Brittany Pierce Feature Feb 12, 2018 Thoughts/Opinions

Tensions rise about service dog on campus

By Brittany Pierce

Staff Writer

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The monthly visits from the therapy dogs are generally highly anticipated on campus, but service dogs have not been getting the same treatment. One student has had her service dog Max on campus for three years, but she often runs into complaints.  

“The teacher informed me that there was a student who did not feel comfortable with Max in class,” said Simerra Jones (’18). “The teacher handled it really well, it’s just that she was like you know ‘do you want to figure out how to handle this?’ We came to the agreement that I would move from one side of the room to the other. 

“What bothered me a little bit was that because we were in a room were the desks are set up in a big square, so Max and I sat in one of the corners in a desk that’s separate. We’re in the back where basically no one else can really see us and the only interaction you could ever get with Max is when I go up the stairs and straight to that chair.”  

According to Jones, the college did not force her into any arrangements. She thinks they (college officials) handled the situation well. 

“There’s students coming up to me like ‘Oh someone’s trying to get Max taken away from you.’ What has he done?’” said Jones.  

She expressed her confusion and anger toward the situation.  

“It’s been three whole years [with him on campus without any issues],” said Jones.  

“Max doesn’t like everybody; he doesn’t want to see everybody and there were so many people thinking he was going to come up to them. 

“He knows when he’s working and he knows when he’s not so when he’s on harness, he’s in work mode and when he’s off harness, he’s just happy.  

She explained that Max never goes further than staring.  

“He’s not going to eat you and he’s not going to attack you; he never does it.” 

Jones has had her service dog for three years, but she has known Max for much longer.  

“I’ve known him all his life, but I’ve had him myself personally for three years. Max was always like Harry Potter is what I call it, because he was just locked in the closet underneath the stairs his whole life. So, he didn’t know how to be a dog when I got him.  

“He was already quiet, he never wagged his tail, never barked, didn’t know how to do any of that so I first taught him how to do that stuff and then I taught him to do whatever it is I felt like I needed him to do, like getting him ready to sit in class and such. Then for whatever I felt like I couldn’t teach him, I sent him to school to learn,” said Jones.  

“Max was actually attacked by a therapy dog on this campus and it was a little therapy dog. He did nothing and that dog came out of it all happy and nice but he (Max) came out it with bruises and scars,” said Jones. 

According to Jones, that therapy dog is still allowed on campus.  

“I’ve had people come up to him and touch him without my permission which causes him to back up. That’s when they think ‘he’s going to eat me because I did this.’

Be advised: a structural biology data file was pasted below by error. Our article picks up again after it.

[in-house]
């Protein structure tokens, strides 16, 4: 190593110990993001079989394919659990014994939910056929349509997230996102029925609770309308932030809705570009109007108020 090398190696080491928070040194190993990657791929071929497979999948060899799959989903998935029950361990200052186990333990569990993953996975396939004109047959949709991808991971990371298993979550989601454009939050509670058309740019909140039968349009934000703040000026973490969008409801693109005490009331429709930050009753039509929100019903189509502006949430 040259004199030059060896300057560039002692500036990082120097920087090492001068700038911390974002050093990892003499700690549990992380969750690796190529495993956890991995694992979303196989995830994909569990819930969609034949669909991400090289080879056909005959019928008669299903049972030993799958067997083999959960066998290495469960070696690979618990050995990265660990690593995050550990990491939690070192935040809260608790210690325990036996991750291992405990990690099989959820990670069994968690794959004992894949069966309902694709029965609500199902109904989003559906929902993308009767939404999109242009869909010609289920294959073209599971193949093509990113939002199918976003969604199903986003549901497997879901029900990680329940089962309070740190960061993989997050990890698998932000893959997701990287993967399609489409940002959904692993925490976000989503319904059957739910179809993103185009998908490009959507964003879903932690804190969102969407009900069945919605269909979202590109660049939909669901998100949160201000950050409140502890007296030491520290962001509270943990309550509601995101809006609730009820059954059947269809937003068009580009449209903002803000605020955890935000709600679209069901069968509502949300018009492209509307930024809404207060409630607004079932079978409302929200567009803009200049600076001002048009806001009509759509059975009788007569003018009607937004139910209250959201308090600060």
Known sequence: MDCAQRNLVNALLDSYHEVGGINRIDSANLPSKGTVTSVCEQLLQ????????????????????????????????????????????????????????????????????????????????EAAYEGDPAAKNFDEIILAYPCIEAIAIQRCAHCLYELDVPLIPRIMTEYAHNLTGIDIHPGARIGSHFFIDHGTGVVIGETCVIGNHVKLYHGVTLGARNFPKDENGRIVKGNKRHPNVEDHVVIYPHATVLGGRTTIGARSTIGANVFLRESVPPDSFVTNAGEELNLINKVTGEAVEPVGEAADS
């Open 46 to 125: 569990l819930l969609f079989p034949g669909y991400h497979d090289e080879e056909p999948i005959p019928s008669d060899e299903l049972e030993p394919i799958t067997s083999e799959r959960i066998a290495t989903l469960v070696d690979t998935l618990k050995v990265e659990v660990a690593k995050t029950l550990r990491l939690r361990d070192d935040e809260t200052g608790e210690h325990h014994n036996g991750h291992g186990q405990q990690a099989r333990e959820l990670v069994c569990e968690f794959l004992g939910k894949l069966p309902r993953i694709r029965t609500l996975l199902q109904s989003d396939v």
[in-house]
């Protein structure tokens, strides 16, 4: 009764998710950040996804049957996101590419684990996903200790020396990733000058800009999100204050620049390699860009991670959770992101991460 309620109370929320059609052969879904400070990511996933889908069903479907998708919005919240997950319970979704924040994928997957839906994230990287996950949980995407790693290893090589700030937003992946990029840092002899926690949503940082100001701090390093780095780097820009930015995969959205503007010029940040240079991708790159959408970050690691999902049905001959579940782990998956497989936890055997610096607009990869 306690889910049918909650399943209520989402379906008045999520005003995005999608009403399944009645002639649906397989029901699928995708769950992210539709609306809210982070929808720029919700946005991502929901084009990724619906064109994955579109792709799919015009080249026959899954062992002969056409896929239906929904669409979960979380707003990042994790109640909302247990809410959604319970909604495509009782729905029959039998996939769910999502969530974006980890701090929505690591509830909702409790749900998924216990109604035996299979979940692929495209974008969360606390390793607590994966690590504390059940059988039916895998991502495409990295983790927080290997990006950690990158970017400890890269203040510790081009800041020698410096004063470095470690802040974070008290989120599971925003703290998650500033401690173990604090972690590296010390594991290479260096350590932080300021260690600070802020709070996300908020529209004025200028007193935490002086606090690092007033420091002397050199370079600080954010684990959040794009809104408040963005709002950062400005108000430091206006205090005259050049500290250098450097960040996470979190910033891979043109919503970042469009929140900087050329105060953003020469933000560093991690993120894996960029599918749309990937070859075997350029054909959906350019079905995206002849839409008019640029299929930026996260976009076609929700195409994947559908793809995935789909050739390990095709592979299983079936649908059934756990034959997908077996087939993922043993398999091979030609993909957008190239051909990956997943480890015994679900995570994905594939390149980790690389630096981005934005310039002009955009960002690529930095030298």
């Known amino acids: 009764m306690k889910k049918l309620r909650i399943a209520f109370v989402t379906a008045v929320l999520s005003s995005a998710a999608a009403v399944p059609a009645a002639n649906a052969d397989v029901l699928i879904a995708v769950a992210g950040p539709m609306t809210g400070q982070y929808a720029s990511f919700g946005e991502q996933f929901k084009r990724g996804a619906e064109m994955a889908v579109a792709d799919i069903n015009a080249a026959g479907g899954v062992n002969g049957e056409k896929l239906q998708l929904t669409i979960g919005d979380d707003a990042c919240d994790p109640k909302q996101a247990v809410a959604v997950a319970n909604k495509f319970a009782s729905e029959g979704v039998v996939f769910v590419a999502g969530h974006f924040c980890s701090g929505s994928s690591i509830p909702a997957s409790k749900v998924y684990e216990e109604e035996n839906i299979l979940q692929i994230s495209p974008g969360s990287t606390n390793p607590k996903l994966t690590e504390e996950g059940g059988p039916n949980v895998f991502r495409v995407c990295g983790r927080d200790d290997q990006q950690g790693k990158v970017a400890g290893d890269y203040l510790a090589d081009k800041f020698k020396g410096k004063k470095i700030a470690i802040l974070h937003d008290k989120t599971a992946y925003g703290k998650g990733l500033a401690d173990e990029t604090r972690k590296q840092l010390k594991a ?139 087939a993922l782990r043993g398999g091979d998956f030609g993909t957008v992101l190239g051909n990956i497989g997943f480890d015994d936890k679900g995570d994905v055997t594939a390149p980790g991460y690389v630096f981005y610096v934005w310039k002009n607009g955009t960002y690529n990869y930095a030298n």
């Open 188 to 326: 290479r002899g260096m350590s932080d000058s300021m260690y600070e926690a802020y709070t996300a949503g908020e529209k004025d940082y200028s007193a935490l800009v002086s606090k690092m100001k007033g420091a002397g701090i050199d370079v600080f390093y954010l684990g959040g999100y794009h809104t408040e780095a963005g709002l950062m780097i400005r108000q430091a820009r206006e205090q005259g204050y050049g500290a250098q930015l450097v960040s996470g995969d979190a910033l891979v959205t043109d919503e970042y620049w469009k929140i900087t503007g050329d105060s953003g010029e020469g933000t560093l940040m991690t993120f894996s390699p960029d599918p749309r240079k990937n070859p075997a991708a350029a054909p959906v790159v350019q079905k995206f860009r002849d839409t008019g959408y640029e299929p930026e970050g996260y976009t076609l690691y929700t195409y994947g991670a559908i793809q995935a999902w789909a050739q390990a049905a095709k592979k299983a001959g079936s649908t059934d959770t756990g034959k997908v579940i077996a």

He knows that he’s not supposed to be touched so he’s just moving to the other side. They also ask me ‘is this a movement to show or prove how Pit bulls are not evil and stuff?’ 

“Little things like that are annoying especially because all we’re trying to do is live our lives and go places,” said Jones. 

“It has come to a point where I don’t want that much interaction with anyone else’s dog and other people,” said Jones. 

Jones believes that the campus and the community would benefit from educational forums about how to act appropriately in the presence of service dogs.  

Jones also wants to emphasize the difference between service dogs and emotional support animals.  

“Service dogs are trained to do a specific task, and you must have a disability that hinders you from the real world. A service dog is there to make sure that they can mitigate those [disabilities]. 

“If you can’t see, those are your eyes. If you can’t pick anything up, those are your hands. That’s what they do; they are trained to do a job, not just sit there and be well behaved in public.”   

“Emotional support animals are meant for people with mental disabilities…if you have something like depression, or [another] mental disability,  [emotional support animals] help you with that,” said Jones.  

“Service dogs are allowed to go everywhere the public is allowed. They are allowed to live in any housing because they are the equivalent of like a wheelchair or a walker. They are classified as medical assistance equipment; they are not pets,” said Jones.  

“Emotional support animals are your pets, it’s just that if you live in no-pet housing, you are allowed to have them because they actually help you do something so you need them there.” 

Jones also mentioned how to know whether or not a service dog in public is real or fake.  

“You must name a category in order for your dog to actually be a service dog. It could be multiple categories as well, like if you had a medical or mobility dog. But you can tell if they’re real or fake by if they’d name a label, or if they go ‘it just helps me with my emotional support,’”said Jones.  

“Real service dog handlers know that you don’t have to describe your disability to everybody because that’s not for them to know. It’s annoying to have to keep answering everyone who asks that quesiton every three seconds because all you’re trying to do is just live your life.” 

“[Max] is a wheelchair, he is a walker, he is a cane, he is medical equipment and that’s it. There’s nothing else; there’s nothing else I have to answer to you for. Just let me walk,” said Jones.  


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